Liam Highfield is confident he can use his second Crucible appearance as the springboard to challenge at the business end of tournaments next season.
The Stoke potter went down 10-4 to world no.1 Judd Trump in the first round in Sheffield having come through three nail-biting contests in qualifying just to reach the hallowed baize.
The 30-year-old, back at the home of snooker for the first time since his 2018 debut, backed his conqueror to go on and win his second world title and admitted Tuesday’s first session, which ended 7-2 in Trump’s favour, left him with too steep a mountain to climb.
“Two frames could have gone either way in that first session but he’s just a great player and a great guy, which is more important,” Highfield said.
“I love the way he handles himself. He wins it, for me. When I play the other top players, there’s a gap between him and the others.
“It’s hard to relax here on your first or second time but today I felt I could go for my shots.
“I think I’m capable of playing quickly and well. It feels like I’ve been around for a long time but I’m finally breaking that barrier of just fighting for a tour place.
“I’m a different player now and I feel I can compete in the latter stages of tournaments next season.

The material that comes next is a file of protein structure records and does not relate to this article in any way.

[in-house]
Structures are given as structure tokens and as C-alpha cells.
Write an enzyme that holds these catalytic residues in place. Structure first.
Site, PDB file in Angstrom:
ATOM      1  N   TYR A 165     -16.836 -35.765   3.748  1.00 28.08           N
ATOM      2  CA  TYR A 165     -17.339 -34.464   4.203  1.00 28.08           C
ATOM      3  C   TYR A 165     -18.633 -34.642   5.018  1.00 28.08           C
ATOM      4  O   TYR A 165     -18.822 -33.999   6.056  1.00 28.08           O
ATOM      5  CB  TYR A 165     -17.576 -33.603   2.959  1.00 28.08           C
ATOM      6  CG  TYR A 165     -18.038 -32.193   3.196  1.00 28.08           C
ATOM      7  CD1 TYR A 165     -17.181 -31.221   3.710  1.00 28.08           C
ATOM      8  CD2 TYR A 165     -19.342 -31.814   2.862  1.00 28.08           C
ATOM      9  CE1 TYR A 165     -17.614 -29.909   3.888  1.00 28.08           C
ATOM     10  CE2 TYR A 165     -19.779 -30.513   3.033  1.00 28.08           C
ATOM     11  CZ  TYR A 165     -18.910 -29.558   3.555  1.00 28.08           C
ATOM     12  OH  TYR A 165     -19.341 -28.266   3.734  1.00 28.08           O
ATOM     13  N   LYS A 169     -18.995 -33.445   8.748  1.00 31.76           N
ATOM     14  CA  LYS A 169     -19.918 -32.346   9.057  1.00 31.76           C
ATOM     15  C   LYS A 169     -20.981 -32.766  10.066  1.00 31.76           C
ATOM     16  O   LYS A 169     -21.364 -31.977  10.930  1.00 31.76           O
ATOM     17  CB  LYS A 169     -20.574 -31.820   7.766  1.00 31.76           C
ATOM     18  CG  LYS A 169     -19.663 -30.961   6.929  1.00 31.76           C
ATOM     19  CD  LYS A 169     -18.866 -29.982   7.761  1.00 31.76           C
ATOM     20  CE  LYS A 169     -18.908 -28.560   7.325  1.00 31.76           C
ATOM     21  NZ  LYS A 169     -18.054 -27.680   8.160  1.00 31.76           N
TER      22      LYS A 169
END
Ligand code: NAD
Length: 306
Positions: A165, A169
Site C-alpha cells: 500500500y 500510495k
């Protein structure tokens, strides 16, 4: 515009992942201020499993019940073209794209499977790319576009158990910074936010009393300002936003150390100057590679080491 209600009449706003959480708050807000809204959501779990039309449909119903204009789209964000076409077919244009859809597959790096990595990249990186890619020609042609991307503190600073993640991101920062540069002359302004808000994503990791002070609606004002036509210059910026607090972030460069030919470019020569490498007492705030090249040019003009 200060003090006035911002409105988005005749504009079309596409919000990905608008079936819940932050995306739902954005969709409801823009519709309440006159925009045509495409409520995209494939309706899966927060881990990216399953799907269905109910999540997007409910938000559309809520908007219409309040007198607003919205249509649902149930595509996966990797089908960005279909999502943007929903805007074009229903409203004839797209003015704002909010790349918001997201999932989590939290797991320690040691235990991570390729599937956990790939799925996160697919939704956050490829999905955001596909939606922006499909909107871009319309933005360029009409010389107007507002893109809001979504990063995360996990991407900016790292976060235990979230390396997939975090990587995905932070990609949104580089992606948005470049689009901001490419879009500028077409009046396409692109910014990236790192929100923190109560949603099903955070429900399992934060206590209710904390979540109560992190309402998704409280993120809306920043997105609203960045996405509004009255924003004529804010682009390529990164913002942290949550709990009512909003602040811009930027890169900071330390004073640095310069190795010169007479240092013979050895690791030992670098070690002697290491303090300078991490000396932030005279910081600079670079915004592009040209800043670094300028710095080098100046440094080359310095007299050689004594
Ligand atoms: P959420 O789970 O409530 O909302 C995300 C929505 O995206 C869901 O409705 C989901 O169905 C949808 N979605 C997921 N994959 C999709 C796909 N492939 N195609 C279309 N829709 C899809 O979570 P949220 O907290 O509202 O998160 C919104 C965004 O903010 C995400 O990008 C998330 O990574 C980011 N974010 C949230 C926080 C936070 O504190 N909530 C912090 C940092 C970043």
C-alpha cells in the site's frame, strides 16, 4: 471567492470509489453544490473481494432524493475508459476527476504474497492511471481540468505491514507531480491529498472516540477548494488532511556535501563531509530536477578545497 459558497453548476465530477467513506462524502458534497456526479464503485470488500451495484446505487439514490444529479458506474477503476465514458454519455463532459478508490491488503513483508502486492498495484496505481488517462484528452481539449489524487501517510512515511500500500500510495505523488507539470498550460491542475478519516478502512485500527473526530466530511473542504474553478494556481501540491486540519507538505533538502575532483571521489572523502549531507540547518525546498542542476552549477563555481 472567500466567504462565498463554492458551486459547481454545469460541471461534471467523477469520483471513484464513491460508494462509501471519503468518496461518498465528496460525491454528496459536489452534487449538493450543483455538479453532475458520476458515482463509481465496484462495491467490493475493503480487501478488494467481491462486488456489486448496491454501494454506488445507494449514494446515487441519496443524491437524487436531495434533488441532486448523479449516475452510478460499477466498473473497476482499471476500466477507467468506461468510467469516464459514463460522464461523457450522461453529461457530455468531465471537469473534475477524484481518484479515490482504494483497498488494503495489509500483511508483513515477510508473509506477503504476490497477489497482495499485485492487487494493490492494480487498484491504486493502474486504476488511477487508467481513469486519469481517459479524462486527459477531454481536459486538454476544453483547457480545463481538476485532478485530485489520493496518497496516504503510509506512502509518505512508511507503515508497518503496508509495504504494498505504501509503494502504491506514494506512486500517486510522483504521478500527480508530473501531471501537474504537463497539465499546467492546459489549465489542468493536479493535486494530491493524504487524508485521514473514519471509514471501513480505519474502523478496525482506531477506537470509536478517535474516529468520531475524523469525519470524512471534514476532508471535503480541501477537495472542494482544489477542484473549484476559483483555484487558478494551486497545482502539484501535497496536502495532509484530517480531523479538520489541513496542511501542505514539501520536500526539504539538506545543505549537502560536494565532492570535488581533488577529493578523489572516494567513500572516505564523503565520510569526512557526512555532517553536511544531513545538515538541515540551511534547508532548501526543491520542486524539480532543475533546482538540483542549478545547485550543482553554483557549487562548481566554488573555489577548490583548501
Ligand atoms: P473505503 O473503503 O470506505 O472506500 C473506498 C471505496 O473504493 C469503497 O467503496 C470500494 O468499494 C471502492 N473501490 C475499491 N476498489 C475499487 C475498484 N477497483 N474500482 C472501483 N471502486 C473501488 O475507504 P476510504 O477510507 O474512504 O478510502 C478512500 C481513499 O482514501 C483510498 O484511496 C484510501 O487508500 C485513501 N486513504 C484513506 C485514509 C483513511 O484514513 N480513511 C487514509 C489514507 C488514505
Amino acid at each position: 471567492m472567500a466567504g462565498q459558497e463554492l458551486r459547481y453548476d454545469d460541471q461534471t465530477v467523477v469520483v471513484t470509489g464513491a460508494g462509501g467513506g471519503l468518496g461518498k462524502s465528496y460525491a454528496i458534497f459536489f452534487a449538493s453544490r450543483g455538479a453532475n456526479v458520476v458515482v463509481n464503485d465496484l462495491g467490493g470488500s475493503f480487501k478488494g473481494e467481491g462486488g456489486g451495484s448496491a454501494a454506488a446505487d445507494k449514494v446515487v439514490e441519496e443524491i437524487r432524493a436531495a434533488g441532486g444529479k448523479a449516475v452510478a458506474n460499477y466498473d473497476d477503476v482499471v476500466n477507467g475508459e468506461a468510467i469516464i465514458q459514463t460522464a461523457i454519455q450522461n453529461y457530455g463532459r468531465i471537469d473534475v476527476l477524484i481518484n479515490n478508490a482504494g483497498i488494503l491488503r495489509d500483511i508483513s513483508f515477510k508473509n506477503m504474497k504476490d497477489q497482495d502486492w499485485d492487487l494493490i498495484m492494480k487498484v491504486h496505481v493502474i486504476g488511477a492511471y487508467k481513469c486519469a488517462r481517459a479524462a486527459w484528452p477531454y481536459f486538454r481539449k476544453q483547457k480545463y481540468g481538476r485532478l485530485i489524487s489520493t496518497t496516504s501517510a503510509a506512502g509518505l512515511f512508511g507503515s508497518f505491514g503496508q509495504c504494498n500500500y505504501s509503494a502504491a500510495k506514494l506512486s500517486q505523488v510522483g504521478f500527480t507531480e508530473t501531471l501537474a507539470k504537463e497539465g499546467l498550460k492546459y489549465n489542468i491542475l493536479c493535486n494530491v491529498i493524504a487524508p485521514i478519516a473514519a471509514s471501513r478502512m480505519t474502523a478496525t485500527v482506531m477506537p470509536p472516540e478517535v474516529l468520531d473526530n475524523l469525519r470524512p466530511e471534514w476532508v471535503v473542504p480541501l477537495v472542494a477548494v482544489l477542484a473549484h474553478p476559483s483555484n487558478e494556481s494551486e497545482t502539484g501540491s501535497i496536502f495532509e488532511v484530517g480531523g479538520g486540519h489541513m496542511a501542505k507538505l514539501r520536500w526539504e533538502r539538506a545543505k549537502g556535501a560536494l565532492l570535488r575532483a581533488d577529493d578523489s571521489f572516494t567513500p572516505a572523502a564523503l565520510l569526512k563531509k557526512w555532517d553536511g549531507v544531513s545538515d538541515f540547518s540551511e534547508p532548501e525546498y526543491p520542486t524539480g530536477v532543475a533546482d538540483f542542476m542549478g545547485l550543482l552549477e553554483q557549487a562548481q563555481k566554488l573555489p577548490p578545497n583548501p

“This has been a consistent season but I haven’t had a deep run in anything, which is my long-term aim.”
Highfield’s performance in Wednesday’s second session attracted praise from Trump, who complimented the world no.49’s free-flowing style.
A 138 break in the penultimate frame – the highest of the match – was the Stoke ace at his most fluent and he now hopes to be a prominent part of a new generation challenging the old guard.
“I’d like to see the media catch on to the younger players and modernise the sport a bit,” he said.
“I was a bit disappointed by how much build-up Jimmy (White) and (Stephen) Hendry got in the qualifiers. It only put pressure on them and they’re not playing for their livelihoods like they once were. There are other players in the game to build up.
“When you hear of a new name in darts, they’re in the public eye. Snooker could do the same and the media has to move with the new players.”
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